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Something fishy about Senate farewell to Kennedy

STANFORD -- The Faculty Senate told Donald Kennedy to "go fish" at their final meeting of the academic year and his last meeting in that assembly as Stanford's president on Thursday, June 11.

Kennedy, who has heard worse from senators over 12 years, was not offended - in fact, he appeared absolutely delighted with the going-away presents given to him by the senate: a fly-fishing rod that breaks down into five sections, a reel and other items related to his beloved hobby.

"This present is absolutely perfect," Kennedy said. "I would be glad to be invited back from time to time to report on its performance.

"To the extent that I fail with it, I will try very hard not to blame you," he said to laughter.

Making presentations during the tribute were senators Nancy Packer, who read aloud a touching and humorous resolution in Kennedy's honor (see text in Faculty Senate Report); Albert Hastorf, who presented the rod (a "poacher's special," he called it); and David M. Kennedy, who recalled a whirlwind day of fund- raising and speech-making in Dallas several years ago.

"It was a day like all days, except that I was there," the history professor said.

One Kennedy exhausted, another in high gear

He told the senate of the day's dizzying schedule, which started at 5 a.m. one day and ended about the same time the next day, when the delegation returned to campus.

The schedule was filled with speaking engagements and meetings, as well as impromptu gatherings in airports and hotel lobbies, where numerous people recognized and approached the president "as if he were Robert Redford," David Kennedy said.

Finally, on the way back from the airport, David Kennedy asked the driver to take him home so he could shower and get a few hours' much-needed rest. Donald Kennedy, meanwhile, in the back seat dealing with "a 13-inch stack of mail," asked to be taken directly to his office and asked the driver to return at 5 that afternoon to take him to San Francisco for yet another speaking engagement.

"I offer this as a typical day," David Kennedy said. "It represented the kind of energy and commitment and phenomenal dedication Don [has] brought to the job of president of this university for the last 12 years."

As Kennedy unwrapped the rod, which came in a carrying case that has two compartments, Hastorf mentioned the 23rd Psalm and offered a few suggestions for the empty compartment.

"One possibility is for a wading staff," Hastorf said. "But your life depends on your wading staff, so we're not picking out that one for you; you should pick it out for yourself.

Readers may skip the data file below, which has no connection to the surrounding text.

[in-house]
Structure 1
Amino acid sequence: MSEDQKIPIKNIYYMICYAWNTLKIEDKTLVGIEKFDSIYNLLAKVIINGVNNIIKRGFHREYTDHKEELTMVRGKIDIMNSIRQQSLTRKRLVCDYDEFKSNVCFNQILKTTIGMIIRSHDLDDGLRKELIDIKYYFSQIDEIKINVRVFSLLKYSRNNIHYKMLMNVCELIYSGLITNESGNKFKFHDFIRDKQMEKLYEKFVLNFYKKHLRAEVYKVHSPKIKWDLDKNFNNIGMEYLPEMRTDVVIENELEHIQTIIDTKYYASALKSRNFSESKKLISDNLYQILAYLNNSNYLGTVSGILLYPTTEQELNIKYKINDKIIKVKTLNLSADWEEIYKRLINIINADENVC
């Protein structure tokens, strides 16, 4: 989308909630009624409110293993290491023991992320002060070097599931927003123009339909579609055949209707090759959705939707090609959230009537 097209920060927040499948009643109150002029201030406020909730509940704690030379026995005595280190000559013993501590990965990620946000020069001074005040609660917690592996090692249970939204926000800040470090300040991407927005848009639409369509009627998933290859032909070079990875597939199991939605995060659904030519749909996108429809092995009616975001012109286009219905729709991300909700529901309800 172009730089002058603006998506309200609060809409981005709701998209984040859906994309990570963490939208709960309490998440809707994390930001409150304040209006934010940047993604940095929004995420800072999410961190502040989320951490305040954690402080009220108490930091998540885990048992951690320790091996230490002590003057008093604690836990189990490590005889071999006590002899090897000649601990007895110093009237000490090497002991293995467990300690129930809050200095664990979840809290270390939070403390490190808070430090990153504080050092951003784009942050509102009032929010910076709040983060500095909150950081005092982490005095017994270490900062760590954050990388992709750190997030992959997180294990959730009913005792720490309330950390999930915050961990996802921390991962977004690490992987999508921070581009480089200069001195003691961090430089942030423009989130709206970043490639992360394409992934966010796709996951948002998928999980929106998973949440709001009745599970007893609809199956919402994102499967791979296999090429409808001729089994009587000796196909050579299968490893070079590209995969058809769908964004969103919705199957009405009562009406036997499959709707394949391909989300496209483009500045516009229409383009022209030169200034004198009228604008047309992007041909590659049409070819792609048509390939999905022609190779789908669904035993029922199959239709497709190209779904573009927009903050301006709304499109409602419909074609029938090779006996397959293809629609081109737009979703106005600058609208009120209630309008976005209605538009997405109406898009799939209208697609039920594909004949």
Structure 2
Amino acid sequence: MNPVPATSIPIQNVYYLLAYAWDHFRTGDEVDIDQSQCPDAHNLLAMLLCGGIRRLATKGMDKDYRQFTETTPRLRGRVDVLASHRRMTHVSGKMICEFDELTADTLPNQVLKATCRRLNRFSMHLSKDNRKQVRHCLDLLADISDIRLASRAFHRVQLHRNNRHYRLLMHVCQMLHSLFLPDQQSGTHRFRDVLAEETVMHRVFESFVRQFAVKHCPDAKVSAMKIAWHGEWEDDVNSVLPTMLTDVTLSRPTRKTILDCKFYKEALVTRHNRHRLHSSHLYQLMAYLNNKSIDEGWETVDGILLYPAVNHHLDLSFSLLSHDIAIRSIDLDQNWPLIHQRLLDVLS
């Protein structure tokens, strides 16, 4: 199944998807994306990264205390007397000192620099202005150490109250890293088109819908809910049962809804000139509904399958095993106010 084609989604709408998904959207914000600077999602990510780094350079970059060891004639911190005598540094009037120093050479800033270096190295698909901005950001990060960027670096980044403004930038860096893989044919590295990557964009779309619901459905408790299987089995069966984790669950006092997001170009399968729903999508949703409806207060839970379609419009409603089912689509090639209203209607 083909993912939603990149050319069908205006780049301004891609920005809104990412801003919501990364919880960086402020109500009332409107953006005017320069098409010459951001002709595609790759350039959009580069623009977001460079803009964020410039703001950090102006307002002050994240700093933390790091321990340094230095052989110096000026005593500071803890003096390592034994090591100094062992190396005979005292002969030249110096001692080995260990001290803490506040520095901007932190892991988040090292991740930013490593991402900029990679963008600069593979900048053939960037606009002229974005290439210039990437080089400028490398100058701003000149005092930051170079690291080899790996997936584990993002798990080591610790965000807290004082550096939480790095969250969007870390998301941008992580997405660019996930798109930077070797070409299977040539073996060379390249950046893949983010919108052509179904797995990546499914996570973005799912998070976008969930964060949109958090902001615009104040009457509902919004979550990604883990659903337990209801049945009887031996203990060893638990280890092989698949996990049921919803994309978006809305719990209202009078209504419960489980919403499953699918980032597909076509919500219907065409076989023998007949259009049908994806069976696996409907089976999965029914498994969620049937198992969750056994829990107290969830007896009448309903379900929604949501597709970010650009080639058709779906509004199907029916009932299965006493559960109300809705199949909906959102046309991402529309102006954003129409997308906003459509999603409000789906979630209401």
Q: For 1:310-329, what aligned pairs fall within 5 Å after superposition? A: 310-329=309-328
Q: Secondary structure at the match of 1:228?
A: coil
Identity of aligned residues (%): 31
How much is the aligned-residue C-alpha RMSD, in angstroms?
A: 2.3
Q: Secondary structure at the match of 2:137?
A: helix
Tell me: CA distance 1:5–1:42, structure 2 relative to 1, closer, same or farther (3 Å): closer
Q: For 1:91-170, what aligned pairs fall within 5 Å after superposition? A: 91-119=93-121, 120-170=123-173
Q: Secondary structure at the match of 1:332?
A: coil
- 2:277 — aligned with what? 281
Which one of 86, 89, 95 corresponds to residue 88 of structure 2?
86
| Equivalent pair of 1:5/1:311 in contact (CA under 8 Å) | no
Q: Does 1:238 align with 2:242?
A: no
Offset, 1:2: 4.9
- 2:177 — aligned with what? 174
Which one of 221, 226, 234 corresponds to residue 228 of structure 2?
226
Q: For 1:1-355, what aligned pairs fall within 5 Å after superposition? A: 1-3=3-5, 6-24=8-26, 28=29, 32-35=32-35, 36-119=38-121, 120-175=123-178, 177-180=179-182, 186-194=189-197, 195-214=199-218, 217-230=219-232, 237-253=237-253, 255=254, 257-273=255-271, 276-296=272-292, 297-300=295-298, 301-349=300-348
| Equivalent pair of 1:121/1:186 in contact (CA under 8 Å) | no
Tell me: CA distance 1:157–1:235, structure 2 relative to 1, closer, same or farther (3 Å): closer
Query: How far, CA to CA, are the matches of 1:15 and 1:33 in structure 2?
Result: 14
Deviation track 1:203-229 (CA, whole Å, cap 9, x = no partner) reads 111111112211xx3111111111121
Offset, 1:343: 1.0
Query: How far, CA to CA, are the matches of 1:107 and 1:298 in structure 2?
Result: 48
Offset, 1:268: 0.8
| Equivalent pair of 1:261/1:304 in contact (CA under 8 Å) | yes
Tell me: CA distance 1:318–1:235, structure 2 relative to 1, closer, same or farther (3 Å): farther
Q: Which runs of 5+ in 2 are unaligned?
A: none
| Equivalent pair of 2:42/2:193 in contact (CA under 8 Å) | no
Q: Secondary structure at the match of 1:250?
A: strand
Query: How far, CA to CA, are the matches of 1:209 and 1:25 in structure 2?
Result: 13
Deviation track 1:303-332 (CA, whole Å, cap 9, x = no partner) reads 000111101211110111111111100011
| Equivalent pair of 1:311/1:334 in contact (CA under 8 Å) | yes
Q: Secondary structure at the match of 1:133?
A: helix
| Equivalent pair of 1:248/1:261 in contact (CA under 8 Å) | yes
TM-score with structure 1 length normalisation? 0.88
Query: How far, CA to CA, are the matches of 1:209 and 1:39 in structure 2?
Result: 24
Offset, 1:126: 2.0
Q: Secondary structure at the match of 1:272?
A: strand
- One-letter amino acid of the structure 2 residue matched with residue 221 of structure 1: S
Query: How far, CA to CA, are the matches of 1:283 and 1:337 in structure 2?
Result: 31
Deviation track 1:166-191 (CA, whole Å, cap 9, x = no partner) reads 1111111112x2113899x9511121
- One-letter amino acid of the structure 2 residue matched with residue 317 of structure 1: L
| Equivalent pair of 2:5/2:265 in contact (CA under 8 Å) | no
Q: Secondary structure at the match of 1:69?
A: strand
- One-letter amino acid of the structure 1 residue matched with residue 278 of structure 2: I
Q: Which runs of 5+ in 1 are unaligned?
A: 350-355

"But this allows me to end with the fact that you can say to yourself, thinking about the senate, 'thy rod and thy staff. . .' " Hastorf said to prolonged laughter.

Other gifts included a T-shirt that read, "Fish Worship - Is It Wrong?" and a poster of the book cover from one of Kennedy's favorite works, Norman McLean's A River Runs Through It.

Kennedy thanks critics

The president made a brief address to the senate before it adjourned for a reception in his honor at the Faculty Club. In it, he reminded the legislative body of its unique role and offered words of praise for some of his adversaries.

"I do want to say, before leaving this senate, we forget how rare it is," Kennedy said. "I don't believe there is another piece of academic governance in the United States like this.

"(Former President) Dick Lyman told me once, and I have never found anything to contradict this, that there was no other faculty legislative body to which the president and provost were publicly accountable - all comers, all questions - every couple of weeks, and I think it's terrific. It reminds us that it is the faculty that is the university."

To his critics over the years, Kennedy said: "There have been things said in the senate that I haven't wanted to hear. But for better or worse, it's good for people to hear things they don't want to hear.

"I think of Mary Wack's hard-hitting but brilliant report on the state of the humanities, which made Gerry [Lieberman, provost] and I think differently about a number of things; I think about Ross Shachter's advocacy for the undergraduate residential education; I think about Tony Siegman's challenging but always very statesman-like views on the indirect costs and the necessity to view those more broadly in the institution; and I also think of Ron Rebholz's repeated urgings that we remember to do the right thing.

"That's been a real important element in the life of this place, and we would have been much poorer without it," the president said in conclusion. "I'm sorry Ron isn't here to hear it, but you'll tell him. It's been a real pleasure."



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